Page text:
In the context of the adventure stories described here, the two layers of truth that are particularly important are the presentation of the foreigner and the use of science. In the preface to the first volume of Jorkens’s adventures, the narrator explains that one of the purposes of the stories is to “advance the progress of Science, and establish our knowledge upon a firmer basis; yet should they fail to do so, I feel that they may at least be so fortunate as to add strangeness to parts of our planet, just as it was tending to grow too familiar.”. This is a recurring idea in the Jorkens stories: the impact of these stories on scientific knowledge. But the novelty of the scientific idea is supported by the “familiarity” of the taken for granted, whose scientificity is never in question. Thus even if we mark out the story as a tall tale, the experience of the improbable is only tied to the novum, Darko Suvin’s term for the new object or idea that SF introduces, and not to the cultural assumptions within which the novum is placed. Moreover, the experience of the scientific is exclusively linked to the British colonizer, and indigenous experiences of these objects become irrelevant in the “scientific project”. “The tale of the Abu Laheeb” is a prime example of the way in which the scientific project assimilates local knowledge. In this story, Jorkens travels to the “Empire’s edge”, Sudan, and seeks to hunt the elusive creature known locally as Abu Laheeb that uses fire like humans. The locals who wish to protect their knowledge of this creature from the “white man” refuse to reveal any information concerning the abu laheeb, choosing jokes over “truth”. Jorkens finally meets a white man living by himself in this place, who has managed to extract knowledge from the locals by unknown means. For Jorkens, this white man alone approaches the problem from a scientific perspective, that of a zoologist, who sifts through the many “stories” brought by the natives to find the grain of truth in them. Yet the white man himself is not very forthcoming with information at the beginning: “yes the natives believed in some such animal, but his own opinion he would not expose to the possibility of my ridicule.” Jorkens is thrilled to have the information, and his immediate thought is to be “the first white man that had seen the abu laheeb, and to shoot him and to bring his huge skin home” Jorkens pursues the creature down from the information given by the explorer-zoologist (“the last white man you see as you go through the final fringes of civilization”) and engages in reflections regarding the place, its inhabitants and tribes (the Dinkas). For Jorkens, hunting down the creature appears to be a scientific enterprise: “of all the steps science had taken from out of the early darkness toward that distant point of which we cannot guess, which shall be full of revelations to man, one of her footsteps would be due to me”.  He even considers naming the creature “Prometheus Jorkensi” (16). Jorkens finally discovers the creature, but unsurprisingly, fails to take a picture and is unable to shoot it down.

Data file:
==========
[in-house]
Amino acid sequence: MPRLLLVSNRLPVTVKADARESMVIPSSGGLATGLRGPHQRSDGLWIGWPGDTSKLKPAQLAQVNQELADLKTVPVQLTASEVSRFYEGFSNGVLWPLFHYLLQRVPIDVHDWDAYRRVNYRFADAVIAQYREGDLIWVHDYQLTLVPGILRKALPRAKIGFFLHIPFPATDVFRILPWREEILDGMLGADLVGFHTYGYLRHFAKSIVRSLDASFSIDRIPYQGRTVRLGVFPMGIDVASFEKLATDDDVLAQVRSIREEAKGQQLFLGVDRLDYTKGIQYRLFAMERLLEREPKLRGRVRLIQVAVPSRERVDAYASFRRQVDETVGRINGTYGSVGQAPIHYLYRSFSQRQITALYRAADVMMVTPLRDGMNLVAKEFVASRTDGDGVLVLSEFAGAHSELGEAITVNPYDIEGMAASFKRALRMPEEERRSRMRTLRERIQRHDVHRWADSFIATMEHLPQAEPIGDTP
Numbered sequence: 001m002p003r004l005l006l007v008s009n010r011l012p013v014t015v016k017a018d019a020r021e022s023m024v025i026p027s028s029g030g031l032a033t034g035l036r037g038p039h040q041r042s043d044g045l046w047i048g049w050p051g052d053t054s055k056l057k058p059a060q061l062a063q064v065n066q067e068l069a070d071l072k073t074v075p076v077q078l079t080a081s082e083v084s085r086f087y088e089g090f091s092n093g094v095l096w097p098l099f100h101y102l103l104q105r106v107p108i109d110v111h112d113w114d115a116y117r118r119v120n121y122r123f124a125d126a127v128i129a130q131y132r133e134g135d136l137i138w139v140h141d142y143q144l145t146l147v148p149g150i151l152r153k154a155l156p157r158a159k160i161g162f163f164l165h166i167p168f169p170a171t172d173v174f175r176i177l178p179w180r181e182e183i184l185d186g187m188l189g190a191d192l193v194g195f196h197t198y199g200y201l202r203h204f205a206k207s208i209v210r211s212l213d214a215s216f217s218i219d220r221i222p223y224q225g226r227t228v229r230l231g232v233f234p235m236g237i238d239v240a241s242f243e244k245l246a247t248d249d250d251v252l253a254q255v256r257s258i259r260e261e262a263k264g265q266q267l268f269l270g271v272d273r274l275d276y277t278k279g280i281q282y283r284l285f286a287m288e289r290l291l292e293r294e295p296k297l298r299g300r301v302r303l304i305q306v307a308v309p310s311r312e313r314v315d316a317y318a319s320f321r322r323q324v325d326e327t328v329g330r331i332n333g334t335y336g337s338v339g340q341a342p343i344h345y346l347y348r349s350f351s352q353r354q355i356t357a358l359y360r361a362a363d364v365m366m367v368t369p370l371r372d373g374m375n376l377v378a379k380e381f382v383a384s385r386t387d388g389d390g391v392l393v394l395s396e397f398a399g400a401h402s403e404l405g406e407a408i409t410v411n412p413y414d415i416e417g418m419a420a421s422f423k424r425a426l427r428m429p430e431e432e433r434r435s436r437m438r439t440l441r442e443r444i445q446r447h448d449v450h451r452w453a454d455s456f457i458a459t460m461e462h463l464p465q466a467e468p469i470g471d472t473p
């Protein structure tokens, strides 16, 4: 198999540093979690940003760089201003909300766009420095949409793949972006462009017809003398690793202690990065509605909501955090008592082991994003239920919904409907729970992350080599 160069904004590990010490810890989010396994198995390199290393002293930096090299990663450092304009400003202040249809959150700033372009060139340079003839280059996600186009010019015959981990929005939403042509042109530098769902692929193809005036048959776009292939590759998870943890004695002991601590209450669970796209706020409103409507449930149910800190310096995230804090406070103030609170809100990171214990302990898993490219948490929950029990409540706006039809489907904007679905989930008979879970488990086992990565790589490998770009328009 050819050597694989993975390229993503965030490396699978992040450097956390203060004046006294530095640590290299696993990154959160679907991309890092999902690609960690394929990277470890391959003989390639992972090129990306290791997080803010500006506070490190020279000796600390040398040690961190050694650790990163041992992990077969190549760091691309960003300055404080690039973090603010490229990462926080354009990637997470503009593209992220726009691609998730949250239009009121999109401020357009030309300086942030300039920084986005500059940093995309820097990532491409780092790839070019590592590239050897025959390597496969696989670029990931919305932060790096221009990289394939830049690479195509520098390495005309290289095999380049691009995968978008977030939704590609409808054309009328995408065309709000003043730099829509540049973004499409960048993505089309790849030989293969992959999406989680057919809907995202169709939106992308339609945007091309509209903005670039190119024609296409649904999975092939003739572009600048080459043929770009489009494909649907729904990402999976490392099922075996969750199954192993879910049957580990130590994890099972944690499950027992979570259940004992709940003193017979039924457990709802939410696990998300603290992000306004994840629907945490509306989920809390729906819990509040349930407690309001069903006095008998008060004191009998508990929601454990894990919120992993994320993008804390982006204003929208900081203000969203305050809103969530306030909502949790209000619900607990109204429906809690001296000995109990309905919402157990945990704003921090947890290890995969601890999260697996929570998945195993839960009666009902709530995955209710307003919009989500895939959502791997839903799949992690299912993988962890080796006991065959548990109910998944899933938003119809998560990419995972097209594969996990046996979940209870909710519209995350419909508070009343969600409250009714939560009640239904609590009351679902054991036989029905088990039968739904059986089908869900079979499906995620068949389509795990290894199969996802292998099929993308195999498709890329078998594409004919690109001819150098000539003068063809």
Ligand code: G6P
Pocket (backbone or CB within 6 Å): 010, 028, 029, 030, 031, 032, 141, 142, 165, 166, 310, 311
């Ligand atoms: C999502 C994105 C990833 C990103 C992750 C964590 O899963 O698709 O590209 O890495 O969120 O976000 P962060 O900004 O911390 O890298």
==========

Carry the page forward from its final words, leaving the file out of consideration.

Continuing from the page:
The fact that the creature is not discovered and is unverifiable makes the whole incident a tall-tale. Yet it is not merely the tale of the creature, but a whole network of assumptions that serves to make it a tall tale. Because it is only by privileging the white man’s knowledge and scientific expertise that one establishes the creature called abu laheeb within the story, and not the stories of the natives, whose stories and beliefs are always already classified as tall tales. It is the British colonizer who names and makes the creature “scientific”. Bruno Latour’s assertion is fully realized in this brief fiction, not as science but as the cultural claim of scientific knowledge which transforms the local into something abstract and fitted into the body of scientific data whose unquestioned master is the white colonizer. And it is not merely this one tale; Dunsany heaps stereotype upon stereotype in almost all of the tales, creating a picture of the East (which covers Africans as much as Asians) that is slow, listless, governed by superstition, Buddha like calm, worshipping false gods and witches, governed by fate, as opposed to the West, which is always higher civilization to the native. These stereotypes abound in much popular literature of the period, particularly as images of degeneration, but what is curious about Jorkens’ adventures is that the untrue is never experienced by his listener in anything but the novum, and Jorkens, despite being considered a teller of tall tales, is at the same time considered a man who has travelled widely. Indeed it is the narrator who is ever at pains to establish the scientificity of all of Jorkens’ tales. And while the novum itself is considered fabricated, the cultural assumptions within which the novum is placed are never realised as such. And despite the accepted superiority of the East in several respects, the main point of challenge and superiority of the West is always ultimately established in terms of science. In another story, “The Electric King”, one of the characters is driven to near-madness by a psychological trauma and he takes refuge in the “wisdom of the East”, namely a Tibetan monastery in the Himalayas to get a cure. The monks are able to cure the character, yet when it comes to utilizing scientific knowledge, the monks are curiously tradition bound and indifferent to the material benefits to be accrued from a change of practice. And their attitude is generalised to represent the homogenous East once again: “I grant you the wisdom of the East: it had saved my reason. But when it comes to organisation, you have to go a long way West for it. God’s own country every time.” The West, particularly Britain, with its healthy materialism is the source, origin and destination of science, independent of location and universal. It is the non-acquisitiveness of the East, it’s bondage to tradition and its spiritual nature that ultimately makes it indifferent both to knowledge and to its use as science.